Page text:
Amazon Rumored to Have Chosen 2 Locations for HQ2

The e-commerce behemoth reportedly decided to split its $5 billion second-headquarters project between sites in New York City and Northern Virginia.

Amazon is scheduled to announce the location for its second headquarters, HQ2, by year’s end, but according to a Wall Street Journal article, there’s been a change of plans. Instead of selecting one of the 20 metropolitan areas on the shortlist for the $5 billion project, the e-commerce titan will reportedly select two: New York City and Northern Virginia.

Per the WSJ article, Amazon is planning to divide HQ2 between Long Island City, N.Y., in the Queens borough of New York City, and Crystal City, Va., a suburb of Washington, D.C. It will be an equal split with each area getting a facility half the size of the planned 8.1 million-square-foot headquarters and half the 50,000 jobs that will come with it.

“If it’s true [that there will be two HQ2 projects], then in the discussions going on between Amazon and both of these entity cities and states, the site is a huge issue. It’s about control and risk, lease versus own and even where they’re going to get the construction labor, whether they’re going to have union labor or not and prevailing wages,” Robert Hess, a vice chairman with commercial real estate services firm Newmark Knight Frank, told Commercial Property Executive. “That could have been one of the reasons why they did split it, because where can you even get that much construction labor in one place? So, there are some realities of what these people are talking about right now.”

Winners take half

The metropolitan areas that share the HQ2 project will experience big changes in their respective commercial real estate markets. The impact on the office sector will remain unclear until Amazon decides if it will build new facilities or set up shop in existing buildings or pursue a combination of both options. However, there will be some clear winners.

The multifamily sector in Queens and Crystal City would certainly benefit from HQ2. “While not all of the 25,000ish proposed employees will live in the exact submarket HQ2 is in, a large enough portion to boost absorption will,” Chris Muoio, senior quantitative strategist with commercial real estate marketplace Ten-X Commercial, told CPE. In the third quarter of 2018, the overall apartment occupancy rate was 96.2 percent in Crystal City and 96.1 percent across Northern Virginia, according to a report by NKF. With the market already so tight, further demand would prompt additional multifamily development.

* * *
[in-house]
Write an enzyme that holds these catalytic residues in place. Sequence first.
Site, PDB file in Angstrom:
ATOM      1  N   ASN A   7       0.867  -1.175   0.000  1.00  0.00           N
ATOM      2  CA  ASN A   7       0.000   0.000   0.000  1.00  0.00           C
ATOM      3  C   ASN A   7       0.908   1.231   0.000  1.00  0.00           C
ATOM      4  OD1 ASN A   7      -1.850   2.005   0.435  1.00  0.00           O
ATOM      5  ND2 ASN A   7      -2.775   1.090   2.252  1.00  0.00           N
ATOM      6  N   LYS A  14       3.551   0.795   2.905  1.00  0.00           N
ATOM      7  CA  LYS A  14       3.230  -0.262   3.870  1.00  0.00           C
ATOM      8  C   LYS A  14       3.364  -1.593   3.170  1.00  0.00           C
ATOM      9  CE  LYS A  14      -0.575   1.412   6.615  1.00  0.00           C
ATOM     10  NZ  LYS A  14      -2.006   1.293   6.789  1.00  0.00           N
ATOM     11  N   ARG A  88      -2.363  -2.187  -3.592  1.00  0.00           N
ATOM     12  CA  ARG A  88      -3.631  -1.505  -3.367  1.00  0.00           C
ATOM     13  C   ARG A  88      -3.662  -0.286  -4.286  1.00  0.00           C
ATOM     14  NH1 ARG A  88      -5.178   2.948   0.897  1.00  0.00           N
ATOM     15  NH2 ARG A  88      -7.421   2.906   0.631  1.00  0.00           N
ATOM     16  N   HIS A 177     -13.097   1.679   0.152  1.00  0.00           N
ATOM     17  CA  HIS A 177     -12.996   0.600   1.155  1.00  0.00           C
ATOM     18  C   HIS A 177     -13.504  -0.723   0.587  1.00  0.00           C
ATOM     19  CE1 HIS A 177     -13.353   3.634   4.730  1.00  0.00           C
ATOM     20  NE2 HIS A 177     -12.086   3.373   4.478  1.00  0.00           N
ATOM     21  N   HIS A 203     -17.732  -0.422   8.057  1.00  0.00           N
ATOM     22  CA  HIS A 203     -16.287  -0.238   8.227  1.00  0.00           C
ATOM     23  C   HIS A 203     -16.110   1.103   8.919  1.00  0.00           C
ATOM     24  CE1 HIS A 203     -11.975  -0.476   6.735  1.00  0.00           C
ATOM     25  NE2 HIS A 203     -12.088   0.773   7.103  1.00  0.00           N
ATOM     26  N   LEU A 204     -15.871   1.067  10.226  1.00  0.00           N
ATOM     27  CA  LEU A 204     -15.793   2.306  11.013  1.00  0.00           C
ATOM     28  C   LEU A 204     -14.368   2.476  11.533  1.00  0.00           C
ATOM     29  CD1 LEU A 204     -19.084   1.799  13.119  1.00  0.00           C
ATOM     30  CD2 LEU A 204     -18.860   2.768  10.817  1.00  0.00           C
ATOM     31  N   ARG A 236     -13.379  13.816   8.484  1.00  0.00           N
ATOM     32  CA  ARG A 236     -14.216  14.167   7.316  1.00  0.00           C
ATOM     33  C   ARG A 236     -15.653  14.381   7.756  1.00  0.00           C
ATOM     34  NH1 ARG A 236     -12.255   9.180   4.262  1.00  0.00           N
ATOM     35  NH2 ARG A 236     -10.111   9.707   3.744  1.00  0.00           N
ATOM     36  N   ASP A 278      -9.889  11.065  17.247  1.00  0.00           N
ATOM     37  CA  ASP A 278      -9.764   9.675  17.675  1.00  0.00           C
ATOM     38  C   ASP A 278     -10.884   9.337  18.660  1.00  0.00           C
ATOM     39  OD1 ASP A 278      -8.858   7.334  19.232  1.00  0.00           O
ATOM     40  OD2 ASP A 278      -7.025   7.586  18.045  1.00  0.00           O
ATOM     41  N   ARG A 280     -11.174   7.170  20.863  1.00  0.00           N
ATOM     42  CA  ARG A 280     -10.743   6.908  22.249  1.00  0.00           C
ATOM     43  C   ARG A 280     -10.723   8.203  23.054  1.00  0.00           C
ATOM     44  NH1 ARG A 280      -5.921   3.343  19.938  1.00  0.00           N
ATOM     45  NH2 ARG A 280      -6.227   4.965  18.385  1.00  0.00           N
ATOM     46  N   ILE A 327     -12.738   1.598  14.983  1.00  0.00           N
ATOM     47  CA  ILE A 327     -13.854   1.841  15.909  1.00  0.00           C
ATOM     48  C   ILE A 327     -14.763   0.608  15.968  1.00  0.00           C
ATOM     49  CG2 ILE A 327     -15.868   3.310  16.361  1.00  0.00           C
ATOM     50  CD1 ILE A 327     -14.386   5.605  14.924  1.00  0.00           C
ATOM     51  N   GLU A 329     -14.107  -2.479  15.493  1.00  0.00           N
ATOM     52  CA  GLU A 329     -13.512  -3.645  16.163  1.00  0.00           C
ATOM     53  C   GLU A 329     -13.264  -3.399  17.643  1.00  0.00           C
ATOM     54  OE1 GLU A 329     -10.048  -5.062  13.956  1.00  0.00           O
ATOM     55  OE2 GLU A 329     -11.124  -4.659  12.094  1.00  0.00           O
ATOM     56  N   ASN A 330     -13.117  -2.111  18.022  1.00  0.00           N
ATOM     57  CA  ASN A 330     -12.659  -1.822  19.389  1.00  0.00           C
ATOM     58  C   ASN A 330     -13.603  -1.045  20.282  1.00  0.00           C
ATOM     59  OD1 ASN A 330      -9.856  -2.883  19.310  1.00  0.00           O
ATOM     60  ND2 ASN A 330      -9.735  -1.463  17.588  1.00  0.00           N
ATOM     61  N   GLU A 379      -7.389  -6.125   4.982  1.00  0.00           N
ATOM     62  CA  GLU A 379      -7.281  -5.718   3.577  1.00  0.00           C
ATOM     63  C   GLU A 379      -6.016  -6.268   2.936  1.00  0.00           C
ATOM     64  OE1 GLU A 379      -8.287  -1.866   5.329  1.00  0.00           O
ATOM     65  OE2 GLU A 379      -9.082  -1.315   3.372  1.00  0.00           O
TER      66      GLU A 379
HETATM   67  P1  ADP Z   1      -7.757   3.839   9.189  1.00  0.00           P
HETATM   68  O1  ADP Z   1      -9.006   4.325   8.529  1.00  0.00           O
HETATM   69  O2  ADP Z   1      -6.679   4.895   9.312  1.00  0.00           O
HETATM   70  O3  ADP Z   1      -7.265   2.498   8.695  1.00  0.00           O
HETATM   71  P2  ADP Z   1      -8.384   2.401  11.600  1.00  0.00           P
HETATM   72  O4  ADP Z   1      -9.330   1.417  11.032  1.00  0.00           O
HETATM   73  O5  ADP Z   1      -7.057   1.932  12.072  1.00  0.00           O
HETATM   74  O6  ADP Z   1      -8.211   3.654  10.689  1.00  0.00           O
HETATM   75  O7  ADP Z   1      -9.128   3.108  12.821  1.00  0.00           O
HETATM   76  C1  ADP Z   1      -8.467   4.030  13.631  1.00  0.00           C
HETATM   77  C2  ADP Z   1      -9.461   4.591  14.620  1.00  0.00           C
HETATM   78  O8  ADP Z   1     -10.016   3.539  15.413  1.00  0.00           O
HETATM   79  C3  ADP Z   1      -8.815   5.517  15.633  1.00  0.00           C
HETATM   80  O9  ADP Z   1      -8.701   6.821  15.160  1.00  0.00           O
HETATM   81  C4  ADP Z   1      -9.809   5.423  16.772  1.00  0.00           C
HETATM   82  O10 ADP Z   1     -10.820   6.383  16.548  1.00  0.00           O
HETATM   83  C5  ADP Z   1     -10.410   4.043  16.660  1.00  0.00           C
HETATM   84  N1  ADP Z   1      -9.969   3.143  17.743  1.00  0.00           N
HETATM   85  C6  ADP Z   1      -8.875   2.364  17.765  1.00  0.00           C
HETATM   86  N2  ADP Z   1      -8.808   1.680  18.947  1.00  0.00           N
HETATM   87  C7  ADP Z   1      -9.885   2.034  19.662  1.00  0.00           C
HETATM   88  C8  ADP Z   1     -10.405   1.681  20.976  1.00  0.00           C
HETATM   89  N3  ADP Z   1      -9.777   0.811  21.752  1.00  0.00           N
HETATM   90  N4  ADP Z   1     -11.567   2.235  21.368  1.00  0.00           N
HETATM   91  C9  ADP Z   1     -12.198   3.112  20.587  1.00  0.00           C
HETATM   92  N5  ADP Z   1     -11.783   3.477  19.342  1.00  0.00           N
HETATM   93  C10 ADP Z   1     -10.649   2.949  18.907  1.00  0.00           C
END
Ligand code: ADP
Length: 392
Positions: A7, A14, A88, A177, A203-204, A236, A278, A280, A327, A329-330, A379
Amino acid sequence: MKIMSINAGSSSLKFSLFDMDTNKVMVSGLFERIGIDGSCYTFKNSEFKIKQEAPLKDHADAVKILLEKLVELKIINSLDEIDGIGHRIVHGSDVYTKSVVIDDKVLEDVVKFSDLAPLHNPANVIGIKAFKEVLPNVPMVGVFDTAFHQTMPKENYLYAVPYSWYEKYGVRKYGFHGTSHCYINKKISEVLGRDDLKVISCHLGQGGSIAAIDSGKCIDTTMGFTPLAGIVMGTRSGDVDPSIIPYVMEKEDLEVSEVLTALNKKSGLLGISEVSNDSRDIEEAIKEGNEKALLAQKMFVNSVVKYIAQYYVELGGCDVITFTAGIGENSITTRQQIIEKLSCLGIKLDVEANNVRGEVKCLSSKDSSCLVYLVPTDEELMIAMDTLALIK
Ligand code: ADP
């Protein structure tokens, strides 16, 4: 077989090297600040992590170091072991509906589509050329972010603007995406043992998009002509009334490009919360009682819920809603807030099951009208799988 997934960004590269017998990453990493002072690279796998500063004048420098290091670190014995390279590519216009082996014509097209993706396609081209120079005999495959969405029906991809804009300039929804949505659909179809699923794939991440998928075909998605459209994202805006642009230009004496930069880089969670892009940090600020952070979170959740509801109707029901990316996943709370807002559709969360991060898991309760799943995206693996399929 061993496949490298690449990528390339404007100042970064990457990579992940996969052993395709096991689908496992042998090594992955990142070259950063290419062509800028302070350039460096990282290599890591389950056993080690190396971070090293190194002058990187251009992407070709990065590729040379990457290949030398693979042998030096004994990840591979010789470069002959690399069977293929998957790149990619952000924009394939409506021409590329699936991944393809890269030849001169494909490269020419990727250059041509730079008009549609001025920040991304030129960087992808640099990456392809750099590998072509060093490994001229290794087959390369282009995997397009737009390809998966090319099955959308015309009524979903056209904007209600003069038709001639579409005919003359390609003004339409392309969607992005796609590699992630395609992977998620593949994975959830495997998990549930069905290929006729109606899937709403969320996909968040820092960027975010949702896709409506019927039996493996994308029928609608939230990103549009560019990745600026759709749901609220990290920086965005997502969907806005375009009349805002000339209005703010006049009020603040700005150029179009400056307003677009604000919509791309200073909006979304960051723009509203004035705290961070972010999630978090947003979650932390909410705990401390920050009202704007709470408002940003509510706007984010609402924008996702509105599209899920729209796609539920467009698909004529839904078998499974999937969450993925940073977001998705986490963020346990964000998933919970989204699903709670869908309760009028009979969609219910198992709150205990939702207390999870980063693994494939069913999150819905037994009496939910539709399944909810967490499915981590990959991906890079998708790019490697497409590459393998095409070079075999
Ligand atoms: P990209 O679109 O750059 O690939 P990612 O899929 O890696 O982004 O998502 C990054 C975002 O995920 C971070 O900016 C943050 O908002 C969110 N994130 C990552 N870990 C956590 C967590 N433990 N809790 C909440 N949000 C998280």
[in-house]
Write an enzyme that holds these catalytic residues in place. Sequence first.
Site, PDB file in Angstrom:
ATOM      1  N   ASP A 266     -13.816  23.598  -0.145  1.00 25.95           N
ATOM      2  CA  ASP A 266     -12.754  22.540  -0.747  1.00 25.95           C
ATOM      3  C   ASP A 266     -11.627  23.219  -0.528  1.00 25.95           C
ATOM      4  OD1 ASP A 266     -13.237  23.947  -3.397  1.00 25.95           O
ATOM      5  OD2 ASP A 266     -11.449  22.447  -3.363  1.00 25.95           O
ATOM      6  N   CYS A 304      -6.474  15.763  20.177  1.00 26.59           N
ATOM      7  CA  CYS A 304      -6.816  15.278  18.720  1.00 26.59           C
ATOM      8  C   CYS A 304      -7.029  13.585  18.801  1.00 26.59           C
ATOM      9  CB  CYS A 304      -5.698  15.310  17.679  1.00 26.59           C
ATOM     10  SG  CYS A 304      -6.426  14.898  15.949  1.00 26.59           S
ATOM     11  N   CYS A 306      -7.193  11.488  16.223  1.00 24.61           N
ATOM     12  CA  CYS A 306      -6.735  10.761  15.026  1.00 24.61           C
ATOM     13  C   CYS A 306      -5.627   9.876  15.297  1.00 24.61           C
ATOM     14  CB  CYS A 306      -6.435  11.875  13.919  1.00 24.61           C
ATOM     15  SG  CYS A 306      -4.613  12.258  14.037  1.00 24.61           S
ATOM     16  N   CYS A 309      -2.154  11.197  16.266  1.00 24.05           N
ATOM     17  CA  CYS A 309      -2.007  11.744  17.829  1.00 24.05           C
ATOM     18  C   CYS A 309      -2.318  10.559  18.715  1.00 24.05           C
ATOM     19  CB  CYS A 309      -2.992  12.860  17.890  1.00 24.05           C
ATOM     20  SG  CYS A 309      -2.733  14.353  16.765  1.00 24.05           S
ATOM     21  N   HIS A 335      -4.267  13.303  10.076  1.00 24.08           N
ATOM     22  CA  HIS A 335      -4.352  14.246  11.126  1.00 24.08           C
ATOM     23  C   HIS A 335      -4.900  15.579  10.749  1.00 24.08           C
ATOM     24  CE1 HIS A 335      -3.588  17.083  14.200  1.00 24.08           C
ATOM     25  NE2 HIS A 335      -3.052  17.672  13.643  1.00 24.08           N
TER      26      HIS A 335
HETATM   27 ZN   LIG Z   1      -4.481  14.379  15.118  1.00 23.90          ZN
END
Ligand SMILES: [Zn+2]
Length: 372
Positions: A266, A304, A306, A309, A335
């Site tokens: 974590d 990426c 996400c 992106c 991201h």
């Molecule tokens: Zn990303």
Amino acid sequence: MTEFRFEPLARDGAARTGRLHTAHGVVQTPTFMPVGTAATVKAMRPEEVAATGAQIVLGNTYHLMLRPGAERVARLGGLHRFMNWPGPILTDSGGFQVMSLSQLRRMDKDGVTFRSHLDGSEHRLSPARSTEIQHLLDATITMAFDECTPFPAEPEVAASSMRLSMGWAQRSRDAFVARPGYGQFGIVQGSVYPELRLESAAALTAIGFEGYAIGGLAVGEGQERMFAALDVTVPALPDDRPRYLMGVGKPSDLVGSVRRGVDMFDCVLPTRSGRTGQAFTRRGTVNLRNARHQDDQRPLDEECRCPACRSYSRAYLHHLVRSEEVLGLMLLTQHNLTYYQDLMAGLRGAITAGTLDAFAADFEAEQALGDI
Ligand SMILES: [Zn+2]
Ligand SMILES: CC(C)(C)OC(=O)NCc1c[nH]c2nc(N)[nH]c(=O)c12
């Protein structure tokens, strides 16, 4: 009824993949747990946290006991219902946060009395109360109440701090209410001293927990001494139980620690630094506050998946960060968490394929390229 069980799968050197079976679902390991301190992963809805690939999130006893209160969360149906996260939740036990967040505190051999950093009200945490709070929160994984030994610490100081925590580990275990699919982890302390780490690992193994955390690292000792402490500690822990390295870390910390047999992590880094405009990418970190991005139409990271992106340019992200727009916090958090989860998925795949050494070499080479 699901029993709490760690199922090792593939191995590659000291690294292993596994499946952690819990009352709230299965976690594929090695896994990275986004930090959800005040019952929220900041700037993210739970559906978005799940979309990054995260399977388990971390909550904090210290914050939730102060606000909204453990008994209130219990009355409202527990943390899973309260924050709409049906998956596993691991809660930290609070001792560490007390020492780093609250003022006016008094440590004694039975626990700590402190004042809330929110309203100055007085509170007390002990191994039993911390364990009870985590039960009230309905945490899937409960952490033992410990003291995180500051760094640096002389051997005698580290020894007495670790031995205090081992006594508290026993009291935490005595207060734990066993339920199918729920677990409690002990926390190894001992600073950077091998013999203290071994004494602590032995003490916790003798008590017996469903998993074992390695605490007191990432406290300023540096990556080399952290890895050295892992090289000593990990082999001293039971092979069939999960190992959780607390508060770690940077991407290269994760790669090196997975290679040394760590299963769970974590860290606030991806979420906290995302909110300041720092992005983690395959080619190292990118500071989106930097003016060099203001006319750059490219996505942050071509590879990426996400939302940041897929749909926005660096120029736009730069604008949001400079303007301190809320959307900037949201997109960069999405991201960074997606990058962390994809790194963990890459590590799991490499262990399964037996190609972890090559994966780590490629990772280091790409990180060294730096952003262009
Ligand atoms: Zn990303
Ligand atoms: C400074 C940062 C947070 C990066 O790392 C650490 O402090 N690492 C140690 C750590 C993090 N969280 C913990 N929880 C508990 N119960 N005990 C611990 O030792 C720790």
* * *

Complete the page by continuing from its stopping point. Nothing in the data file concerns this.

The HQ2 jobs-induced boost to the apartment market would be even more welcomed in Queens. “This is particularly key for Long Island City, which is in the midst of a massive building boom that is currently slated to flood the market with supply,” Muoio said. “This helps assuage concerns over rising vacancies and falling rents by providing an exogenous demand surge to help meet this supply.”

In the retail sector of both metros, demand would go on the upswing, also due in no small part to the increase in local population resulting from the new Amazon positions. “Even if Amazon goes the Google route, and has an internal food and dining hall in its HQ2 locations, the retail sector should benefit from the halo effect from the uptick in economic activity in these markets,” added Muoio. “Incomes rising in the area and increased foot traffic from the new Amazon employees will drive increased demand for restaurants and bars, even if some of this is siphoned by internal dining options.”  

Cart before the horse?

It’s all still speculation. While rumor has it that New York and Northern Virginia will each sponsor an HQ2 campus, Amazon has not yet confirmed any details. “Things happen in the last-minute stage, things can fall out,” Hess said, basing his assertion on the bevy of major headquarters projects he’s been involved with during his three-decade-long career. Other shortlisted metros like Dallas, he suggested, could leapfrog over the purported frontrunners.

“Dallas is great leverage for northeastern and mid-Atlantic states—those are higher cost environments and Dallas is a low-cost environment. Texas is a great business climate and there’s no personal income tax,” Hess noted. “So, all of those locations are keeping each other honest right up until the last minute when [Amazon CEO] Jeff Bezos shakes the hand of Governor X. It’s not over until the fat lady sings.”

Long Island City image courtesy of Julienne Schaer/NYC & Co.; Crystal City images courtesy of Crystal City Business Improvement District